This week I was able to mostly stick to the recipe. With one exception: instead of regular salt, I decided to try birch smoked salt. I figured, if I was going to be grinding it anyway, I might as well make it count.
In some ways, I was able to stick even MORE to the recipe than before. For example, I took his advice to proof the yeast in a container with a lid, so I could shake it up before adding it to my autolyzing flour and water.
In the yeast mixture, I used 2 1/4 teaspoons yeast, 1 tablespoon sugar, 1 tablespoon water, and 1/4 cup (59 grams) warm water.
Grinding the birch smoke salt
For this recipe, I used 1150 grams of all-purpose flour and 900 grams of water (850 in the autolyse and 50 in the yeast mixture). In retrospect, that was a lot of water. It resulted in 78% hydration, which is quite high. I had to do quite a lot of stretching and folding to incorporate all the water and make sure the dough had sufficient gluten formation to hold all the water without losing its structure.
After mixing all the ingredients together, I let it sit for 30 minutes. Then I did more stretch and folds before letting it rise another hour.
Meanwhile, this was my first attempt at using bannetons for Preston Yancey’s bread! I prepared them with a mixture of rye and all-purpose flour. Next time I may use all rye.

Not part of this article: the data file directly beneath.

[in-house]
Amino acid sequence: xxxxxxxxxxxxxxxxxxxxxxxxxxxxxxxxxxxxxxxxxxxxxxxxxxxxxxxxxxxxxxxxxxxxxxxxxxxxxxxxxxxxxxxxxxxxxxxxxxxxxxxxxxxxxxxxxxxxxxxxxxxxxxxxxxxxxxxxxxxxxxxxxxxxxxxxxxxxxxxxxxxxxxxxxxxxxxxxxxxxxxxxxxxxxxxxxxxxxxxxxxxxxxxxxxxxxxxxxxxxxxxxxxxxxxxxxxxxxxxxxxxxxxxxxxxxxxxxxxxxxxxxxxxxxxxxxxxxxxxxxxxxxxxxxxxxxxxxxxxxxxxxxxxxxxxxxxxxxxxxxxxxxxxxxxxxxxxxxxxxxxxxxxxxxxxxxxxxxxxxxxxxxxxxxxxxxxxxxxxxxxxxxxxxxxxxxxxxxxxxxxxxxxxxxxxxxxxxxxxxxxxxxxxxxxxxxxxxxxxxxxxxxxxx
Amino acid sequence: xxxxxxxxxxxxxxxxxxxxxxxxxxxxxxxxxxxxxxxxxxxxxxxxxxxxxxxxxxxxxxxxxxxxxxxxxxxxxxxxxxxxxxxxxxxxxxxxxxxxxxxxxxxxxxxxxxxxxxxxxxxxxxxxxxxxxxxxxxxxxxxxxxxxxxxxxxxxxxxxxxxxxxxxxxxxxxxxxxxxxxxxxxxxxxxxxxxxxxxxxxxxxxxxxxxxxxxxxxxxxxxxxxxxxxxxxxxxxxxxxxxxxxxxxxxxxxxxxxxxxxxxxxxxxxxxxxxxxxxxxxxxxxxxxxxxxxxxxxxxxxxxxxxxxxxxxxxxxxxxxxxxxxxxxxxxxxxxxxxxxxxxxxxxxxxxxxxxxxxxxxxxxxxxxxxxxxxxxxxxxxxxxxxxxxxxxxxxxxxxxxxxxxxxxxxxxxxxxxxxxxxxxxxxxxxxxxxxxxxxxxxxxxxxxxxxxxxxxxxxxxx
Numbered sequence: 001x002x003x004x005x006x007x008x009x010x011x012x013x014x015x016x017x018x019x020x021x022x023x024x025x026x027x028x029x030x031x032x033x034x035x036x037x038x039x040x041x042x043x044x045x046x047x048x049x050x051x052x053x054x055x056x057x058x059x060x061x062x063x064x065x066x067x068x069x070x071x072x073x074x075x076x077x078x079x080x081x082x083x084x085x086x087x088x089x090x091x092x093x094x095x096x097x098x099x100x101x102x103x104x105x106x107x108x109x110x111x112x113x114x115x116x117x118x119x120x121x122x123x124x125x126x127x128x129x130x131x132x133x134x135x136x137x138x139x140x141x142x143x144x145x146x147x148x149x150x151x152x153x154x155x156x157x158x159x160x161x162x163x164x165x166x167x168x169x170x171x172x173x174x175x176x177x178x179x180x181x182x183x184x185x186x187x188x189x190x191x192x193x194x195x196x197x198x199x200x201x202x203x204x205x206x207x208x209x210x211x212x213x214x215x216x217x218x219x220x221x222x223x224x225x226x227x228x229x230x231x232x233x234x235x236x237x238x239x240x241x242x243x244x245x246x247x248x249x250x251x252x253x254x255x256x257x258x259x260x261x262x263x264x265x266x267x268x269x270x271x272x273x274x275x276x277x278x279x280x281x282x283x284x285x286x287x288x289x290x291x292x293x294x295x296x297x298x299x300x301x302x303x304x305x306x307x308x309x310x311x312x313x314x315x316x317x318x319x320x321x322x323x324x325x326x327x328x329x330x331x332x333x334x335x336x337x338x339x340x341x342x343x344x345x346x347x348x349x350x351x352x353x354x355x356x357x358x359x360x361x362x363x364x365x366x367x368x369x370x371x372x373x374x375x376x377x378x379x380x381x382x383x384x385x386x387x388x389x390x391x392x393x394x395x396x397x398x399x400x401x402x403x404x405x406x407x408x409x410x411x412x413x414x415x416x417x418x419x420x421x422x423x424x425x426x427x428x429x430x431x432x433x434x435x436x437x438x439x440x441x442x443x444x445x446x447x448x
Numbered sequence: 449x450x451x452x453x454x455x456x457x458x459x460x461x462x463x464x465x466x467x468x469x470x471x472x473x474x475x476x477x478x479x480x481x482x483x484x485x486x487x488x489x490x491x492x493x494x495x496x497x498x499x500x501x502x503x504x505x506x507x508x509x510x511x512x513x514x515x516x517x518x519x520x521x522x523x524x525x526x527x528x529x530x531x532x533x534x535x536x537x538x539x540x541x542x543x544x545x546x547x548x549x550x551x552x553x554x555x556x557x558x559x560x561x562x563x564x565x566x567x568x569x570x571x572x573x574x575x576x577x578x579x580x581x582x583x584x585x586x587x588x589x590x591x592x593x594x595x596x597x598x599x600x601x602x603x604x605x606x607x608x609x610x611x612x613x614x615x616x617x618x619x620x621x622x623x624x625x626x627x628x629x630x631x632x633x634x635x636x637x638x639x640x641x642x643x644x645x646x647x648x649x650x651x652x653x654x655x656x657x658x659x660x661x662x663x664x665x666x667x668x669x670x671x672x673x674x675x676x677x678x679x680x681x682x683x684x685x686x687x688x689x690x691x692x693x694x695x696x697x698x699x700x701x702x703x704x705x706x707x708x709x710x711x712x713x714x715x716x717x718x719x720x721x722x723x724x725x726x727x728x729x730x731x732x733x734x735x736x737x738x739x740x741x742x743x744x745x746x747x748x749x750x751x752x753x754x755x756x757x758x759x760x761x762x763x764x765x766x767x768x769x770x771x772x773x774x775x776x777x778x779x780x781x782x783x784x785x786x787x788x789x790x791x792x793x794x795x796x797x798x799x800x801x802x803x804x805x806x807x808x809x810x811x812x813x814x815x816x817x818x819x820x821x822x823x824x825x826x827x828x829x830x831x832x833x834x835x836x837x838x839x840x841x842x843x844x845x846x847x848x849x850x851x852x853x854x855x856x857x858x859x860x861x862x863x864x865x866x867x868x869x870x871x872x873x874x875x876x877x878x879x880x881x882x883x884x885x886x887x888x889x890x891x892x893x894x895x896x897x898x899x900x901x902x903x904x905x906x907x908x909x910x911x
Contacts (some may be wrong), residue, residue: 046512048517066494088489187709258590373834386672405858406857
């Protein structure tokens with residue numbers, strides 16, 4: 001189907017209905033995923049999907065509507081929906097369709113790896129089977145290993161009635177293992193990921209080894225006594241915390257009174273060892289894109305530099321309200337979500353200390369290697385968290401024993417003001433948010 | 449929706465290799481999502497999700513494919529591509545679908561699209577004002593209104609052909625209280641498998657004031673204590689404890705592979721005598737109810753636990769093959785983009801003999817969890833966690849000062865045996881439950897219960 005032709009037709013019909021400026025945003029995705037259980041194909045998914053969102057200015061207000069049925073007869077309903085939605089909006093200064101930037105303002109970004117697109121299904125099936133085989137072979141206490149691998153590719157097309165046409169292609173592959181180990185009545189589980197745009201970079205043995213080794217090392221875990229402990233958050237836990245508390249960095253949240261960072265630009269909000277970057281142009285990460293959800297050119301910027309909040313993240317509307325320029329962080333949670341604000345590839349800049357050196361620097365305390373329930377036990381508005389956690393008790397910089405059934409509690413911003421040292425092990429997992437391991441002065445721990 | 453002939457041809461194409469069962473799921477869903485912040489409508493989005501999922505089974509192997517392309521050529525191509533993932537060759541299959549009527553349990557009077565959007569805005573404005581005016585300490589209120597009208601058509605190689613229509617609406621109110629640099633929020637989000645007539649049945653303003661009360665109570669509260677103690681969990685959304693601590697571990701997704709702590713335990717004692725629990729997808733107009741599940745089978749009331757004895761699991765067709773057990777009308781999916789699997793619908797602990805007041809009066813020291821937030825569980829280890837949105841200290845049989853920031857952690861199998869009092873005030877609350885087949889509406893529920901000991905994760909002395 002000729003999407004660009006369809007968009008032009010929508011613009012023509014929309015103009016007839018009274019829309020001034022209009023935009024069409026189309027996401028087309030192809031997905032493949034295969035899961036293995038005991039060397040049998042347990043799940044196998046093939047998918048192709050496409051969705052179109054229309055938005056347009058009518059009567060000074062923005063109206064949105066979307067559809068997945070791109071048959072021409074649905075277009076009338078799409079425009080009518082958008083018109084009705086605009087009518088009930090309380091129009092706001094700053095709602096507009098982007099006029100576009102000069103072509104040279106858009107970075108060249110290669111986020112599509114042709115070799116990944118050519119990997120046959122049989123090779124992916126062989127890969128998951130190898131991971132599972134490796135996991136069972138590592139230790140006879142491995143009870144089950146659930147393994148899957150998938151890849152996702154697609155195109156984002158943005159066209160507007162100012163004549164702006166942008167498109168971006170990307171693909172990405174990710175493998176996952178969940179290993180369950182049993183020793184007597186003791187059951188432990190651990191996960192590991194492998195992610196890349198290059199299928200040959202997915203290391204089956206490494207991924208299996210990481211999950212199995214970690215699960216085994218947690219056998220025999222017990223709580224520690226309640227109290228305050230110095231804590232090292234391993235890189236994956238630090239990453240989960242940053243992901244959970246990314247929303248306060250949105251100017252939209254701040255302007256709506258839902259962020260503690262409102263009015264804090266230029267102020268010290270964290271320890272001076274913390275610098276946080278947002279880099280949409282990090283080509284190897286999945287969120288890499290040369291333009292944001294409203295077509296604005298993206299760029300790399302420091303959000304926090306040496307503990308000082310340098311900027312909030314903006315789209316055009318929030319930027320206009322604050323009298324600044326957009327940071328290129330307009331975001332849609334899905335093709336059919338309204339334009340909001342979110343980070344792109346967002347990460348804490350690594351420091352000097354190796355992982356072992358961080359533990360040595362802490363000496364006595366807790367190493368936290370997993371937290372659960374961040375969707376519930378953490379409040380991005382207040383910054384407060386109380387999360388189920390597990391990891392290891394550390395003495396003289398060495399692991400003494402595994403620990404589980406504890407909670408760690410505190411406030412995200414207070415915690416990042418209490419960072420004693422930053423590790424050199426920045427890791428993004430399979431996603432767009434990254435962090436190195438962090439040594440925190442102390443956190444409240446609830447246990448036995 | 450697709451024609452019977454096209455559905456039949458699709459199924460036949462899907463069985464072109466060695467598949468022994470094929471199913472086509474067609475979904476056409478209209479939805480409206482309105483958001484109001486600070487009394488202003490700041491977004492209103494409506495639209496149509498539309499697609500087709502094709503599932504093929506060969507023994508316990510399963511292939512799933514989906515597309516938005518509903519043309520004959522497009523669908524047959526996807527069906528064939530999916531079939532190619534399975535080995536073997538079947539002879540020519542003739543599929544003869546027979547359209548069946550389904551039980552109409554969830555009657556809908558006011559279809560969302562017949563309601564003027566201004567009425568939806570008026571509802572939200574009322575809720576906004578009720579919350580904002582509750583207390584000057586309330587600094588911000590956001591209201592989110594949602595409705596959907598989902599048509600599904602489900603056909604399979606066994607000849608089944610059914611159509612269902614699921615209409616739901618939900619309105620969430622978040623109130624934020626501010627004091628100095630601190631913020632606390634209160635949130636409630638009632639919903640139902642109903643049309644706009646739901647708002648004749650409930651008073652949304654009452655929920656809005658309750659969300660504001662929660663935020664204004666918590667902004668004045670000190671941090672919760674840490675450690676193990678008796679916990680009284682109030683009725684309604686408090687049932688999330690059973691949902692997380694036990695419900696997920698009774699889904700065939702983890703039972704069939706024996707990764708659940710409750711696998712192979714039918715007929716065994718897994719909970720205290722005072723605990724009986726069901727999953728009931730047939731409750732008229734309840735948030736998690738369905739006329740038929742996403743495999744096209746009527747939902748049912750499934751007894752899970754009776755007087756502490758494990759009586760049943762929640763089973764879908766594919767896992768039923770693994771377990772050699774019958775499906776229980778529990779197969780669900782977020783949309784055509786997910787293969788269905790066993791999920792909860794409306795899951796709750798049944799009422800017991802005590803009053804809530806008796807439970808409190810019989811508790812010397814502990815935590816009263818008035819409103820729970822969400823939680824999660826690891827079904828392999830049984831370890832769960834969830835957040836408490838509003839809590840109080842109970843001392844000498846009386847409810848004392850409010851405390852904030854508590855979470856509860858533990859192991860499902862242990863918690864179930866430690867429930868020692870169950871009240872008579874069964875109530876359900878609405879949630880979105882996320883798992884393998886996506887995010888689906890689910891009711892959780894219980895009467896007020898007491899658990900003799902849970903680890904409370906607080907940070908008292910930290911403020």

After the dough has risen for an hour, take it out of the bowl and divide it in half.
Shape each loaf into a loose ball and let rest on the counter for 10 minutes.
Bring the edges underneath and press them together to form a seam. Place your bread seam-side up into your prepared bannetons.
Cover your bannetons with a towel and place in the refrigerator for one hour. Meanwhile, place a dutch oven in your oven and preheat to 500 degrees F.
After an hour, my dough looked like this:
I had forgotten how big these loaves get!
Transfer the dough to the dutch oven so it is now seam-side down. Score your loaf and put the lid back on. Let bake 500 degrees F for 15 minutes, turn the temperature down to 450 degrees F for another 15 minutes, then remove the lid and back for an additional 10-15 minutes.
The bannetons make a pretty pattern with the flour.
The scoring pattern could’ve been nicer, but the high hydration makes it tough to score well.
I was quite pleased overall with this bread, but particularly with the holes inside. The high hydration meant the yeast created more oven spring during baking.
It made tasty toast too!
I only have three more weeks of Preston Yancey’s bread. I’m finding though that I’ll continue to use many of his techniques in the future. I’m happy to have finally cracked the code for his recipe.
Have you been making his bread? What do you think? Leave me a message below in the comments!